Thursday, February 26, 2009

Philosophy of Eating - Part 2

Before I continue with this "Food Manifesto", I'd like to clarify a few things stemming from Part 1.

First, what I am attempting to do here is to lay out, in some logical format, the tenets that drive my food actions (purchasing, cooking, eating, etc). These are not intended to be prescriptive in any way, but more of an exploration into the way I currently view food and an attempt to explain, as best I can, why I do things a certain way.

Second, these tenets are my ideals. They are not always realistic and are therefore not always realized. Given a choice between 'A' and 'B', I will choose the one that best fits with my food philosophy. But sometimes 'C' is the only option - whether because of economic, geographic, medical, or practical constraints.

Third, each principle here is a result of some conscious thought process that involved some sort of "cost-benefit analysis" - some decisions are more informed than others, but none are merely arbitrary (for the most part anyways) - I've thought about each of these and have my reasons for leaning one way or another. I'd love to have a stack of research articles to back up my beliefs, but sometimes I don't (though I'm convinced they're out there if I just had the time/inclination to go looking).

Lastly, I'm not an expert on any of these matters. I'm just a guy who thinks that the way we approach food has important consequences for our health (in all senses of the word), as well as the health of our land and our society and who has decided to spend some time thinking about these consequences. Now, where was I?

To summarize Part 1 - I try to adhere to the following tenets when dealing with food-related decisions:
1) Home cooked foods/meals are best
2) Variety is good
3) Eat locally

Now, on to #4

4. Avoid as many pesticides, antibiotics, and growth hormones as possible
Basically, this means buying, growing, and eating "organic" foods. However, "organic" is such a snake's-nest of a word that I think it's best to be more specific. For something to be certified as organic it must meet a set of standards controlled by the USDA. On the face of it, these standards ensure that anything labeled as "organic" meets some minimum set of criteria that precludes the use of pesticides, synthetic fertilizers, hormones, and antibiotics, among other things. However, there are numerous farmers out there, particularly small, local farmers, who grow crops or raise livestock which are not certified organic, but which meet or even surpass the USDA's standards. So, even though they have not gone through the certification process and cannot therefore be officially labeled as "organic", they are "organic" in the original and important sense of the word . Also, it might be "better" to buy something from a local producer who is mostly organic, but not certified than from a mega-farm 3,000 miles away that is. Again, it's about choices, but "organic" or not, I prefer my food without the added chemicals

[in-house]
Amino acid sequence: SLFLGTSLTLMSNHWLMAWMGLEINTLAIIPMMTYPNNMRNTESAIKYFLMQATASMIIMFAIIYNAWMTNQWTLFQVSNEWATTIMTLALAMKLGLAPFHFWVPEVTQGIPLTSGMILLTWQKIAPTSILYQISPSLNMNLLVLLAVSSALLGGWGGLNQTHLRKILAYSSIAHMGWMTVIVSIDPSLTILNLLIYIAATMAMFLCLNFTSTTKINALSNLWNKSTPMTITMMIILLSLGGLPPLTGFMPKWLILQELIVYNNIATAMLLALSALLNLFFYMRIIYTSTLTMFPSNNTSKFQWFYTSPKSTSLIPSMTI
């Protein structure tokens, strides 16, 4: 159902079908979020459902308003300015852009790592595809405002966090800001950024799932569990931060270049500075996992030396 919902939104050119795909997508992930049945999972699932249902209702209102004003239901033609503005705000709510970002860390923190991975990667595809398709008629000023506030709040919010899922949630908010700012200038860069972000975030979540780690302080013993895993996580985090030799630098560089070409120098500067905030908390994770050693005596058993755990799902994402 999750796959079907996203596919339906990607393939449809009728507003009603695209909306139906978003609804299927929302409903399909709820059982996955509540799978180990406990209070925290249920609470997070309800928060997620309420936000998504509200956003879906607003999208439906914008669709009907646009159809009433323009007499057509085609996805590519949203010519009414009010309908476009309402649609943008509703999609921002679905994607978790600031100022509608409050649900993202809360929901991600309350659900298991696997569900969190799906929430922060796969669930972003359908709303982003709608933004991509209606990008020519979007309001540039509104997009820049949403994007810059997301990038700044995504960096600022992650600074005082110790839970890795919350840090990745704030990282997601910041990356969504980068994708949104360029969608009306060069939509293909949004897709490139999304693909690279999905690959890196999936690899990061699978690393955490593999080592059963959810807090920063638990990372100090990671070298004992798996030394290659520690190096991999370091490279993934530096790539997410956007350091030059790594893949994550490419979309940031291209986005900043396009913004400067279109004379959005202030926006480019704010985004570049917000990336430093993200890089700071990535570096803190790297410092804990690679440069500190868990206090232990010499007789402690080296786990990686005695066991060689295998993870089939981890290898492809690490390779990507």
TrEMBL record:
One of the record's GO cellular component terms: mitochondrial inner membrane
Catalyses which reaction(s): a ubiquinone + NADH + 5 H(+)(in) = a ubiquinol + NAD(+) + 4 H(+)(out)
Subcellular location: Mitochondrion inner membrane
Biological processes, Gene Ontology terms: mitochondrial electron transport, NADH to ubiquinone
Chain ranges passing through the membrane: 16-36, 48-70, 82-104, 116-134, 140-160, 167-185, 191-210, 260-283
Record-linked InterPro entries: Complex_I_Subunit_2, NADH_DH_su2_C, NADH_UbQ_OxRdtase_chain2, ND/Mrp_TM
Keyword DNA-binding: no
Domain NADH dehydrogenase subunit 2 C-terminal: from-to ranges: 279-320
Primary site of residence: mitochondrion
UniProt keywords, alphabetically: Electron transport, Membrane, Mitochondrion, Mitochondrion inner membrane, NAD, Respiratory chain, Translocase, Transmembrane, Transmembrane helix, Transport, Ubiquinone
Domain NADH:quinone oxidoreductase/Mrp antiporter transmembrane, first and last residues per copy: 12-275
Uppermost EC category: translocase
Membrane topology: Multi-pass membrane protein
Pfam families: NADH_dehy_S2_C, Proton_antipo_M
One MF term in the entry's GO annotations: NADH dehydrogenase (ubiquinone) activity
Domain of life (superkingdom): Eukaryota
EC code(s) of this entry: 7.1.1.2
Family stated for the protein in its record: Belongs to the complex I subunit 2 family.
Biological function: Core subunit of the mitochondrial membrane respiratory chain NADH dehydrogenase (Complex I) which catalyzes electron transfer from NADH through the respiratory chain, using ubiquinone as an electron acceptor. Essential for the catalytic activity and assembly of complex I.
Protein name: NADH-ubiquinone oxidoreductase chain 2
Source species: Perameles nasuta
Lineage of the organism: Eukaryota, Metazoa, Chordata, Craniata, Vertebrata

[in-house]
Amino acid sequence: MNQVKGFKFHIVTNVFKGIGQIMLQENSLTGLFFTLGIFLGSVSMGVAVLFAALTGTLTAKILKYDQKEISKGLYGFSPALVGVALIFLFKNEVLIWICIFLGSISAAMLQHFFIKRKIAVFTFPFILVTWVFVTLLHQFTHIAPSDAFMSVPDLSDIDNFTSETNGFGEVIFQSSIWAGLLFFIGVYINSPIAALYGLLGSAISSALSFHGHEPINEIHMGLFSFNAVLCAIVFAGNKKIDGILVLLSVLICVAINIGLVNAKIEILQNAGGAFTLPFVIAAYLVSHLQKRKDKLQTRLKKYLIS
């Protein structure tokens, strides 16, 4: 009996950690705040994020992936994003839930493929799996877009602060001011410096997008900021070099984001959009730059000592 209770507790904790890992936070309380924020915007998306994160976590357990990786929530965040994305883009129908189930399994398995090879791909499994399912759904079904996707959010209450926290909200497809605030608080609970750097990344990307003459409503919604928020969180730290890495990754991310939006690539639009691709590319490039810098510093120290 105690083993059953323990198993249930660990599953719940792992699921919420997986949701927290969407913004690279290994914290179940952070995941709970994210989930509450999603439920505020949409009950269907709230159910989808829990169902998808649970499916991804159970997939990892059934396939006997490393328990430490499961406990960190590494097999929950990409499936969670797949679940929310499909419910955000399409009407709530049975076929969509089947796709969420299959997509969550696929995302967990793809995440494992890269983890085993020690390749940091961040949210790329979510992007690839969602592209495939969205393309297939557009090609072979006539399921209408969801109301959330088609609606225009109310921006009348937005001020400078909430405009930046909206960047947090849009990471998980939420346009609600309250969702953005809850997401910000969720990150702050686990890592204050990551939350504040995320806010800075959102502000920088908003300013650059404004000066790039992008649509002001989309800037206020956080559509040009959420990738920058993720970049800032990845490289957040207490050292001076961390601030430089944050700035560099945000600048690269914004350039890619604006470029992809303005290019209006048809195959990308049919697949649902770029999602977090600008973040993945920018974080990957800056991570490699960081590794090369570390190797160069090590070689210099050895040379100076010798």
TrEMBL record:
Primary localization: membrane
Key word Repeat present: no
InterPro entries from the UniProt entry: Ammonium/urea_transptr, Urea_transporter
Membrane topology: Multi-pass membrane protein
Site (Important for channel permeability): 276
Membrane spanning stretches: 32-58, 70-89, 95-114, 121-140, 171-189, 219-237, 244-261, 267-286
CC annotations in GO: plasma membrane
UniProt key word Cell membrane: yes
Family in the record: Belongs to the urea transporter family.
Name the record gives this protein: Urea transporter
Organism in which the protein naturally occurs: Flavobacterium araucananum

5. Eat meat from farm-raised animals
And by 'farm' I mean the type of place that first comes to mind when most people hear the word 'farm'. Farm-raised livestock eat a more natural diet - i.e. the diet they need to be healthy. I'll go into this more in a later post, but I am fully entrenched in the idea that beef, pork, chicken, and eggs from animals that live on a farm are about a billion times healthier for you than anything raised in a feedlot (by the way, I think this should be self-evident if you've ever actually seen an industrial cattle or pig yard). I keep looking for the definitive science to back me up on this, but it's difficult to figure out what is real and what is "spin" - most websites out there on the topic seem to start with a conclusion in mind, one way or the other, and then work backwards to find the data to support them. What I need is a good nutritional science review article on this subject. But for now, it makes sense to me that healthier animals make for healthier food and farm conditions are more conducive to producing healthier animals. So, I'll choose my locally farm-raised meats (which are also "organic") over the meats available in the supermarket.

6. Avoid artificial ingredients, preservatives and otherwise overly "processed" foods